National News

Don’t equate immigrants with freeloaders

THE JOSEPH Rowntree Trust last week responded to David Cameron’s speech on further restricting the rights of immigrants from Europe to benefits and healthcare with a call for more clarity.

“The response to immigration risks equating migrants with freeloaders,” said spokesperson Emma Stone.

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Holding black-listers to account

THE GENERAL union GMB is to launch a High Court action involving over 100 GMB members and plans to step up the campaign to get named managers and human resources professionals involved with blacklisting in construction to apologise for their role in blacklisting, to come clean and tell what they know about it.

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Barnet Spring people’s revolt

THE PEOPLE of Barnet were on the march last Saturday, despite unseasonal snow and freezing winds, to defend their public services from their council’s decision to outsource just about everything under a scheme called One Barnet.

Barnet Alliance for Public Services (BAPS) is challenging the decision in the courts and added to the pressure by organising the “Barnet Spring” march.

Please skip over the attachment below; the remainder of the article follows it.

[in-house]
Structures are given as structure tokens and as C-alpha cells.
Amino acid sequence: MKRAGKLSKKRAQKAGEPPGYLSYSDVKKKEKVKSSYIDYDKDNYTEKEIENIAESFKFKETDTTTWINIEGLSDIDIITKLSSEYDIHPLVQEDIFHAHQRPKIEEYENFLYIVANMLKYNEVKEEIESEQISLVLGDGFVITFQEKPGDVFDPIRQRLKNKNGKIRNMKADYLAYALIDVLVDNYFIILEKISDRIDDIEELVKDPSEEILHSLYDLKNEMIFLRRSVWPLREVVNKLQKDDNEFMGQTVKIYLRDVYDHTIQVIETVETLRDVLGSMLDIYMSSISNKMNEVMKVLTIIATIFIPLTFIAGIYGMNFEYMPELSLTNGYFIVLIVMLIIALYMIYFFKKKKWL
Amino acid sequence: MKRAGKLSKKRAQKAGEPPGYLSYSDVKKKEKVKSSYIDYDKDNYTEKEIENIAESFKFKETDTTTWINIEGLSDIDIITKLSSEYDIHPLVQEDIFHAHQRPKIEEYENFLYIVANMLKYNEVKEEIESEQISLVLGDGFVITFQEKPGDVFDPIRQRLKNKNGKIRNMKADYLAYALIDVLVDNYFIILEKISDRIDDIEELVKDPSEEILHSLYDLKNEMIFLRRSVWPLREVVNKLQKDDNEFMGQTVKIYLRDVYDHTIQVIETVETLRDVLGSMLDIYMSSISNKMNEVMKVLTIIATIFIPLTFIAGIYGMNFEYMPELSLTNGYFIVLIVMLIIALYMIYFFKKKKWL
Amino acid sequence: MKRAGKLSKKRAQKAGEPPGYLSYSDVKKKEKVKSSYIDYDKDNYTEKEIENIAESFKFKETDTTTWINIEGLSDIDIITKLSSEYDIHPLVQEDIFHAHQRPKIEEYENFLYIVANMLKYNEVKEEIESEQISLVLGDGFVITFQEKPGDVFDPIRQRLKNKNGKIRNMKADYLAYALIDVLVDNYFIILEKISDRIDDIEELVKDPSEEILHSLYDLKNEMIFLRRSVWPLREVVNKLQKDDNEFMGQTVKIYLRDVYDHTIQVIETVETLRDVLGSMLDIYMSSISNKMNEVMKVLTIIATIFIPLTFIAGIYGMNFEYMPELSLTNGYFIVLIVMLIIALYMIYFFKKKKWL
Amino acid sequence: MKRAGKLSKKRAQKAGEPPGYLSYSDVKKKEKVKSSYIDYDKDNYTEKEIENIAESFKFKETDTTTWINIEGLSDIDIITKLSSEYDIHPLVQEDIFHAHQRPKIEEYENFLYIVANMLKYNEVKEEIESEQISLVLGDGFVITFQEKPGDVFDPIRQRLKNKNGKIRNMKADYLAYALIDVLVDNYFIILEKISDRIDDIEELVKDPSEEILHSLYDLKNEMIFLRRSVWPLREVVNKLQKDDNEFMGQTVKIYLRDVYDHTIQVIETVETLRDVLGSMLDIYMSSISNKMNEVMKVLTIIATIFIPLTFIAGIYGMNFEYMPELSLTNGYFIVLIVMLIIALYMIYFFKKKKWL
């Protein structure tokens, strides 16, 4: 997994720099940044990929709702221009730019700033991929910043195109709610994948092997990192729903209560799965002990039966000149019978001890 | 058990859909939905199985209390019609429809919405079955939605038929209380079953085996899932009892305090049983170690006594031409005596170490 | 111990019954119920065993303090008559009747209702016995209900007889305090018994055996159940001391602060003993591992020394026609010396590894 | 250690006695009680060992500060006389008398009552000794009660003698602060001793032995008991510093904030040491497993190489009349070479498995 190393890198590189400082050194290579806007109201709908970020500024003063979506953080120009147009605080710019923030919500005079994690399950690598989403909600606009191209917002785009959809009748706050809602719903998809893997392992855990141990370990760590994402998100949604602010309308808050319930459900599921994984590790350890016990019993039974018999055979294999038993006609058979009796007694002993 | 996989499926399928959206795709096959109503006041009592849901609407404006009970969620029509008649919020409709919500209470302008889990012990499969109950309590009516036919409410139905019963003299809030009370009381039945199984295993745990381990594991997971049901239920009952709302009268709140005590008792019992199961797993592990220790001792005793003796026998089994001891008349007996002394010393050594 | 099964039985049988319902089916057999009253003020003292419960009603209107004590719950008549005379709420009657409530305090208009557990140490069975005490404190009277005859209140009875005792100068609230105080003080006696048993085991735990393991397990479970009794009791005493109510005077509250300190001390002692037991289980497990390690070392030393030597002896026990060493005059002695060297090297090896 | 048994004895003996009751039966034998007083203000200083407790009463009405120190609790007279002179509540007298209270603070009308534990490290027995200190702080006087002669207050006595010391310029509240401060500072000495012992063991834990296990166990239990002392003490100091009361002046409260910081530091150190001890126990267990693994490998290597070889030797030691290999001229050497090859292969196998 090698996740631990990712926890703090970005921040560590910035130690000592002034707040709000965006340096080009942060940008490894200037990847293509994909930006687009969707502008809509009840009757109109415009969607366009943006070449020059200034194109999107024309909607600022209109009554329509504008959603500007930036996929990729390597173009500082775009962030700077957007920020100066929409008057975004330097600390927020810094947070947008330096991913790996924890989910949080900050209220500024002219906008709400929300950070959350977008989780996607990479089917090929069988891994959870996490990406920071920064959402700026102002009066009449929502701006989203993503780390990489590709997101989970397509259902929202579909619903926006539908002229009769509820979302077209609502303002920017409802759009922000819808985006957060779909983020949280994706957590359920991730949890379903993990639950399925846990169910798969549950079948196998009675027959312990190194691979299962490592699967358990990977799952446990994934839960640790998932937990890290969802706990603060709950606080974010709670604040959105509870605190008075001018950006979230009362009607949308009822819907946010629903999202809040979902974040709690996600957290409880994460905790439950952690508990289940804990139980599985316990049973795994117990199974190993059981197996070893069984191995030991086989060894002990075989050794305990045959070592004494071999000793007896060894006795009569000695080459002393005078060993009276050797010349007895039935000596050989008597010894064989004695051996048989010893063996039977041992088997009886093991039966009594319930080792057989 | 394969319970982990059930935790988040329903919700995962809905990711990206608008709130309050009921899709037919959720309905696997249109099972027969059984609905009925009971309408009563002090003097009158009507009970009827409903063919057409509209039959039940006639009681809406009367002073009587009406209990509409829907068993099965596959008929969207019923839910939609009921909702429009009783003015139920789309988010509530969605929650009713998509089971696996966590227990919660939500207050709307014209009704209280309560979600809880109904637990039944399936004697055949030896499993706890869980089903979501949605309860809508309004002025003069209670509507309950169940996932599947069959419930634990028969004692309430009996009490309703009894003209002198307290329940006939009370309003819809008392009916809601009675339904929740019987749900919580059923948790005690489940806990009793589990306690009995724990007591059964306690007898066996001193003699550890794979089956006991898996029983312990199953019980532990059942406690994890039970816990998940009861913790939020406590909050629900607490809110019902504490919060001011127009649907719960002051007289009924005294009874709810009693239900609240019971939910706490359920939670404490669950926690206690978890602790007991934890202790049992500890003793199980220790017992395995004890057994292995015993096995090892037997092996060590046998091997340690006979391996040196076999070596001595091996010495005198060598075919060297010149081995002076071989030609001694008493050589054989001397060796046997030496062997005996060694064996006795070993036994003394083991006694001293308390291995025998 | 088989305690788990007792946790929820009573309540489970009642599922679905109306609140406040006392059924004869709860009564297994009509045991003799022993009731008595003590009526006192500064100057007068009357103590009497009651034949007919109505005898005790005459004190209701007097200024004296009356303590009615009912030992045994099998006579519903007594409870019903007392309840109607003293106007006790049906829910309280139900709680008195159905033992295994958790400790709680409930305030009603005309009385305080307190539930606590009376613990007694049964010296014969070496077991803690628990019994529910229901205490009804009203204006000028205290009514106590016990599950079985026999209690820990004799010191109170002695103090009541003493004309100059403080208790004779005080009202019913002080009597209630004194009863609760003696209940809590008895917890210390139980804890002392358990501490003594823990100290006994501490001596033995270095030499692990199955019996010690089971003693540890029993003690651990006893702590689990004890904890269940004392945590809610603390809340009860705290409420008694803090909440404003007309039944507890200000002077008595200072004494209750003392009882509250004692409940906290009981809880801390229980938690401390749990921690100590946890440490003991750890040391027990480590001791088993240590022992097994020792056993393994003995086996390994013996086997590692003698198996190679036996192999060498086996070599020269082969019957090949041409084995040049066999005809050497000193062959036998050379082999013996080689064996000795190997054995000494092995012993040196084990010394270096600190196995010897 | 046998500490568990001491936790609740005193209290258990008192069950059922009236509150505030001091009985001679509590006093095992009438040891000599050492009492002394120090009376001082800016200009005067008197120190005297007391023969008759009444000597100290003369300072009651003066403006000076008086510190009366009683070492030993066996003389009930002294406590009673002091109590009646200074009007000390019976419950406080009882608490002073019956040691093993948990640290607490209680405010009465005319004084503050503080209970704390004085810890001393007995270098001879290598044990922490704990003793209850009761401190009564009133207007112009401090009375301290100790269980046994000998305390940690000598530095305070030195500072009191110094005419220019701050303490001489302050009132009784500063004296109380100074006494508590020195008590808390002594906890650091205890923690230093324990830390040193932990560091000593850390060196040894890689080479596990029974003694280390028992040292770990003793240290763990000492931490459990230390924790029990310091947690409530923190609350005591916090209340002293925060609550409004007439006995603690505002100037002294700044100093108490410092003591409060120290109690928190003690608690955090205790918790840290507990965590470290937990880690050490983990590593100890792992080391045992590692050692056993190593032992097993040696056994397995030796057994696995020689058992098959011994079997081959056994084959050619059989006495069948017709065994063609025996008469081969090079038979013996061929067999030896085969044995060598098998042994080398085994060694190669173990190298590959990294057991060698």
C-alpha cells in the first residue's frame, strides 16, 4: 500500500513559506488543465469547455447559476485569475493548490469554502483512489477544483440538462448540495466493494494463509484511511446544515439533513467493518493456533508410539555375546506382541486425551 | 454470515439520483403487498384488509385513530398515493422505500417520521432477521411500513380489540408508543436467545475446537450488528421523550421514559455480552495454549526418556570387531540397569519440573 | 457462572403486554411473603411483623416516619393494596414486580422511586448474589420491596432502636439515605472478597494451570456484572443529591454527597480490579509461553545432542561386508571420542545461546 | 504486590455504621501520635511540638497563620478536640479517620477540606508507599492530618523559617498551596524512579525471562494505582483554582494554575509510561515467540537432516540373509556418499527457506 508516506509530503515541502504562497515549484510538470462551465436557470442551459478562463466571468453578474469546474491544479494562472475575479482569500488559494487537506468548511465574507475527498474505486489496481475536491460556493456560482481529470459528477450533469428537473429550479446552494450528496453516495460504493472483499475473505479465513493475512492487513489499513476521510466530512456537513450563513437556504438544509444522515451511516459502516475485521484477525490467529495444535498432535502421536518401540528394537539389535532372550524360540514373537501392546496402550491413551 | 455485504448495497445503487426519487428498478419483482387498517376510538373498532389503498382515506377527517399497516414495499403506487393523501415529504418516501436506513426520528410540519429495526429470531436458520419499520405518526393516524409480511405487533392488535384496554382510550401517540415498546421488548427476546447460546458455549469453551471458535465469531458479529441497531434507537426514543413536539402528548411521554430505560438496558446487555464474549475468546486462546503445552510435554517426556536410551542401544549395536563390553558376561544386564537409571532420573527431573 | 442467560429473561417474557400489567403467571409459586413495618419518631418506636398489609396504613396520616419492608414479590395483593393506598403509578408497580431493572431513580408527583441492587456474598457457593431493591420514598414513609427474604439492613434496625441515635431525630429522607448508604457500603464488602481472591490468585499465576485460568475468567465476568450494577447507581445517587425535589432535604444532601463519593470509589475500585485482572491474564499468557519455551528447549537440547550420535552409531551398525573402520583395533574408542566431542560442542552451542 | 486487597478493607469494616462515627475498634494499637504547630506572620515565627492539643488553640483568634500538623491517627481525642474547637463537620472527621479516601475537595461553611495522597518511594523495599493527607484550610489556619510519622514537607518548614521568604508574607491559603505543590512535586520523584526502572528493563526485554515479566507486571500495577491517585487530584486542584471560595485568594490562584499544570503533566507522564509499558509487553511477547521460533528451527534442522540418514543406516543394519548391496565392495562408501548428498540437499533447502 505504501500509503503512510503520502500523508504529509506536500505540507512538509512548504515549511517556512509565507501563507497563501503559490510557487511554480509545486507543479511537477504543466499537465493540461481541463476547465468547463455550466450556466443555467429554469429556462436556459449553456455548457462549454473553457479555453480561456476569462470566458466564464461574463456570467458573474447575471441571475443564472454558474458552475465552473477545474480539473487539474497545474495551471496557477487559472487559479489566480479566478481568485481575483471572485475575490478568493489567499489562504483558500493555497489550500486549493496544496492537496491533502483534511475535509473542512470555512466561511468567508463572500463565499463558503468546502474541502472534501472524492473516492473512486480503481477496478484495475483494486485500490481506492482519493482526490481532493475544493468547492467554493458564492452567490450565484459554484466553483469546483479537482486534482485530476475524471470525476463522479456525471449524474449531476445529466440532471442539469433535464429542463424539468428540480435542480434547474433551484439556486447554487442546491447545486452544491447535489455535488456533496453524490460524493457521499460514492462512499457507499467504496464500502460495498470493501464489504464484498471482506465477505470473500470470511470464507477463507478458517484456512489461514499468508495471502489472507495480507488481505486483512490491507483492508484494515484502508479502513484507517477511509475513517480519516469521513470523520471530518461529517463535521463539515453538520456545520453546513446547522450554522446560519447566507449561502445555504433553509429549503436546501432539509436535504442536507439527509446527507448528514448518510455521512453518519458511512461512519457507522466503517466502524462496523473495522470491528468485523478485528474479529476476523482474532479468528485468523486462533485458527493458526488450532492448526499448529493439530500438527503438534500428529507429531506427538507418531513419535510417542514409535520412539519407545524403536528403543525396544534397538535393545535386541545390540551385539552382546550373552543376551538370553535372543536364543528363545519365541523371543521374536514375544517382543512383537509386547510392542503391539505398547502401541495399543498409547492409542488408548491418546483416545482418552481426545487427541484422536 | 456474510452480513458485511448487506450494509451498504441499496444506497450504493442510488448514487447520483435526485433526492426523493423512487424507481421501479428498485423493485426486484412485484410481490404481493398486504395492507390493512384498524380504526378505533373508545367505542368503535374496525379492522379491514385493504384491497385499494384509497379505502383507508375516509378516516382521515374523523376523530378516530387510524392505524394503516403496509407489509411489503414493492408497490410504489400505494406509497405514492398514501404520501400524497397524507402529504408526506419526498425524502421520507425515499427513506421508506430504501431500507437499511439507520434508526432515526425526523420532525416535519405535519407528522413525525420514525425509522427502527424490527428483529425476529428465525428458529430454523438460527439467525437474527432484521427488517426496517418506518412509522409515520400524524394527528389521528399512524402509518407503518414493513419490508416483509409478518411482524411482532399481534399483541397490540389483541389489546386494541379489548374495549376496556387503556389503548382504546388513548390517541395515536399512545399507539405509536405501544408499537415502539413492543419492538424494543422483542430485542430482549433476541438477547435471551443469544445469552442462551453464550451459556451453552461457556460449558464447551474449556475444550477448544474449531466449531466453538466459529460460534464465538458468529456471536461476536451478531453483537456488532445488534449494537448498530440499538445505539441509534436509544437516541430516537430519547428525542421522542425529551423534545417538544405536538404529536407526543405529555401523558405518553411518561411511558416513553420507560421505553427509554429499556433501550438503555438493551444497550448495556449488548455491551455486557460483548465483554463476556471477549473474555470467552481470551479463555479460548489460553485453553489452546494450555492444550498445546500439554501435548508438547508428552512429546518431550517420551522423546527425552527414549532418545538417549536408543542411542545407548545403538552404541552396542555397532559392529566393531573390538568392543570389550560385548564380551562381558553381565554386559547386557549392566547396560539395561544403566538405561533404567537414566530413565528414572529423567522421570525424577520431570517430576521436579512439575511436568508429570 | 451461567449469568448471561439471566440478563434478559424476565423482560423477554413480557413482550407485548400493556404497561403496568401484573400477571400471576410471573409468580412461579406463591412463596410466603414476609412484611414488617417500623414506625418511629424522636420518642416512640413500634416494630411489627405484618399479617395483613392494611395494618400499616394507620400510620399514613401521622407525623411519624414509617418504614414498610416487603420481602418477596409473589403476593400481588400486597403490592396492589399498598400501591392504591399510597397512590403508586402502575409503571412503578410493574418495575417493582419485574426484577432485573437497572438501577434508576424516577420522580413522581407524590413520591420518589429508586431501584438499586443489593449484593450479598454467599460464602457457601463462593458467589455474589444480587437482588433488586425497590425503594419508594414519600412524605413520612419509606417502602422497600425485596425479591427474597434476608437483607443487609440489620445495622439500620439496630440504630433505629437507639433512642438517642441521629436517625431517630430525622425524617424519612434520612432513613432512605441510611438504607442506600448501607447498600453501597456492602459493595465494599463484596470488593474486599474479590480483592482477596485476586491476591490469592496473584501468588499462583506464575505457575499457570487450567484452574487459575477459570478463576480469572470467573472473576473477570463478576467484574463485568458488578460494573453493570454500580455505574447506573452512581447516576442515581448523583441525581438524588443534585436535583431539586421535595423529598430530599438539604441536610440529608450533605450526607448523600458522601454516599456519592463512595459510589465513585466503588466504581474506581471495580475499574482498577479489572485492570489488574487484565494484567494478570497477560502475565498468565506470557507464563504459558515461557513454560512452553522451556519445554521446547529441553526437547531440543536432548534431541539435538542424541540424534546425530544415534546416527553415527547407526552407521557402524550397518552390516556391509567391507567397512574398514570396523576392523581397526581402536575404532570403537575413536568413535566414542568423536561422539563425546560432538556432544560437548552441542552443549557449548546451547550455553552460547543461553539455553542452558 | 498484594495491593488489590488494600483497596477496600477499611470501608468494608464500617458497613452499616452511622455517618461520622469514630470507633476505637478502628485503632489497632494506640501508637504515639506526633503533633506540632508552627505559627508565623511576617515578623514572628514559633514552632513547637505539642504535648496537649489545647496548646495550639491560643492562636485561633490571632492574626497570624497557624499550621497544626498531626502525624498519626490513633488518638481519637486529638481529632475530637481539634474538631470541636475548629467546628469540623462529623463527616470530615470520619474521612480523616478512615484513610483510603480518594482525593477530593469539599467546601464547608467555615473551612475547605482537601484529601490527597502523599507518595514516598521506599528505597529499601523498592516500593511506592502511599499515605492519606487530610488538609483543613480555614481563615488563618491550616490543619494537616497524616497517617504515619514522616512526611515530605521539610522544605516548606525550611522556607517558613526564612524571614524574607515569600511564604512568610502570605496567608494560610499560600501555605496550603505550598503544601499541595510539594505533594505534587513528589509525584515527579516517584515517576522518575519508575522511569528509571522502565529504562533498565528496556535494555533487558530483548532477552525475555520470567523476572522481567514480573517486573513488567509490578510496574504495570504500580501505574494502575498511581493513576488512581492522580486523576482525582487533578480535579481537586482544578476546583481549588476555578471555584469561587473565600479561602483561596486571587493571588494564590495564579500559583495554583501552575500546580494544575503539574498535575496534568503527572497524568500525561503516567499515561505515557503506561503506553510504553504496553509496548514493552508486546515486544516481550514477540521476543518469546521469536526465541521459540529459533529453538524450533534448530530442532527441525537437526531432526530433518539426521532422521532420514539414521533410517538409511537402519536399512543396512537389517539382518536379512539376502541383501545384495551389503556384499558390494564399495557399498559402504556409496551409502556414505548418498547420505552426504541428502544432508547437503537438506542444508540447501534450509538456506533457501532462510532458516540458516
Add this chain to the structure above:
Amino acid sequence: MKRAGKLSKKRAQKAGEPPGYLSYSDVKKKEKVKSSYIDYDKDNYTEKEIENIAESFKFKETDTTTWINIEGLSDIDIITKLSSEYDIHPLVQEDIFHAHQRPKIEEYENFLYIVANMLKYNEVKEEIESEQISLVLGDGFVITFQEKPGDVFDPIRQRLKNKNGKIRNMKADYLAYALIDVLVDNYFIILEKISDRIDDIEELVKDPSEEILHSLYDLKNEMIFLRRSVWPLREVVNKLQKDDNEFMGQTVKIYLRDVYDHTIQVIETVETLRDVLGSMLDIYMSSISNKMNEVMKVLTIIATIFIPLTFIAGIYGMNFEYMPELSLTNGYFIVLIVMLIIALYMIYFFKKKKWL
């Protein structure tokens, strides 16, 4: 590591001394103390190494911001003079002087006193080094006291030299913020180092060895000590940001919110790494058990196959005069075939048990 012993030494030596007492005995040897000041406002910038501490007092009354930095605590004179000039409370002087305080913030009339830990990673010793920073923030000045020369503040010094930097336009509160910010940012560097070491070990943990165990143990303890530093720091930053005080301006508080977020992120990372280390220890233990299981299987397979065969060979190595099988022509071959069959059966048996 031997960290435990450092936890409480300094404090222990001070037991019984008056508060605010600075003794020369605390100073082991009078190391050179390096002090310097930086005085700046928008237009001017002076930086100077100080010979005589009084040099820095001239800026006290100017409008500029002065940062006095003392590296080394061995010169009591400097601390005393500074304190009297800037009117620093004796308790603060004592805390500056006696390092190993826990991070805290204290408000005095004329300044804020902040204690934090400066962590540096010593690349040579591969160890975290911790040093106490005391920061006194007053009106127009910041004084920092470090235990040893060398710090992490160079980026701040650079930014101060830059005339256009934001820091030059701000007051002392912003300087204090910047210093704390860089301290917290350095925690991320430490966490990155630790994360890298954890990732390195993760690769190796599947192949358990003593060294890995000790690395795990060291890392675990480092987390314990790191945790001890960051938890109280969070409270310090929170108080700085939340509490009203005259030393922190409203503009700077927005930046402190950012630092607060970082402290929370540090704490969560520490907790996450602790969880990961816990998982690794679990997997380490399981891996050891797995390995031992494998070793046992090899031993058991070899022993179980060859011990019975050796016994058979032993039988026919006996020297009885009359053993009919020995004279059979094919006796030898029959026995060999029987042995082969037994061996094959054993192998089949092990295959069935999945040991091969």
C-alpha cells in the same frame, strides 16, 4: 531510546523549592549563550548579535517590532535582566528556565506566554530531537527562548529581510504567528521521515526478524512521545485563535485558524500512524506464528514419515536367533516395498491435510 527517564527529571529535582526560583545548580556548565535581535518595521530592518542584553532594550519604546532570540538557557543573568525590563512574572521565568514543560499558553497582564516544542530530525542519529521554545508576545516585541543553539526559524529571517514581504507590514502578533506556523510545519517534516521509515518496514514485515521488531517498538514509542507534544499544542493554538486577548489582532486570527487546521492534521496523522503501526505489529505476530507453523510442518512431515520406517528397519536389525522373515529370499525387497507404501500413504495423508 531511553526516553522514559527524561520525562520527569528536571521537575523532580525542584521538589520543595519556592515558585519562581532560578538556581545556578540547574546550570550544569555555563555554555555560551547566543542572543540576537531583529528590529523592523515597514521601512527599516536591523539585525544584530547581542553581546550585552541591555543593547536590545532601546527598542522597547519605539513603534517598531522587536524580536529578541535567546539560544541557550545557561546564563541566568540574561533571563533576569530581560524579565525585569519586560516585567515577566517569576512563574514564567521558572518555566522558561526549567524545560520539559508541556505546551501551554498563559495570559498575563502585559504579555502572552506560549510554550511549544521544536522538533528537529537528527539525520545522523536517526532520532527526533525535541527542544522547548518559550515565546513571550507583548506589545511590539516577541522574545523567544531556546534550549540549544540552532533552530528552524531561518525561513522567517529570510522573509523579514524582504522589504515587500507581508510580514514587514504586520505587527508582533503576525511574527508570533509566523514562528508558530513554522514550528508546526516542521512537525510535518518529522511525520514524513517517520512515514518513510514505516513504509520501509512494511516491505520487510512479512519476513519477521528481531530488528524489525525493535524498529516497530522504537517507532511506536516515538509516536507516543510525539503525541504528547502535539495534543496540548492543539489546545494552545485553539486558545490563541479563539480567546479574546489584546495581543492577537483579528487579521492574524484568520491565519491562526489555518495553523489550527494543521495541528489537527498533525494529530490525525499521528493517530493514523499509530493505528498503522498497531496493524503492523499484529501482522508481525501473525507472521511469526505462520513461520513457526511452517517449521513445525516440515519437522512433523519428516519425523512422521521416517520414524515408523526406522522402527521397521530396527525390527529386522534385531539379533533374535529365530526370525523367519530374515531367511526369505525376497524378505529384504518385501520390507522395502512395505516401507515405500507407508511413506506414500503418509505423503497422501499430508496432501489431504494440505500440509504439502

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Britain selling gas cheap, buying it dear

AN INVESTIGATION conducted jointly by Greenpeace and the Guardian newspaper last week revealed that Britain is selling its own natural gas to Europe while importing gas at a higher price from Qatar.

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Easier to sack workers

WHILE all eyes were on press regulation, a week ago, MPs quietly voted to halve the consultation period for redundancies from 90 days to 45.

While the Commons noisily debated press regulation, MPs elsewhere in the House quietly signed away workers’ rights. On a delegated legislation committee (a backdoor means of sneaking through contentious amendments), nine Conservatives and two Liberal Democrats voted to reduce the consultation period for collective redundancies from 90 days to 45.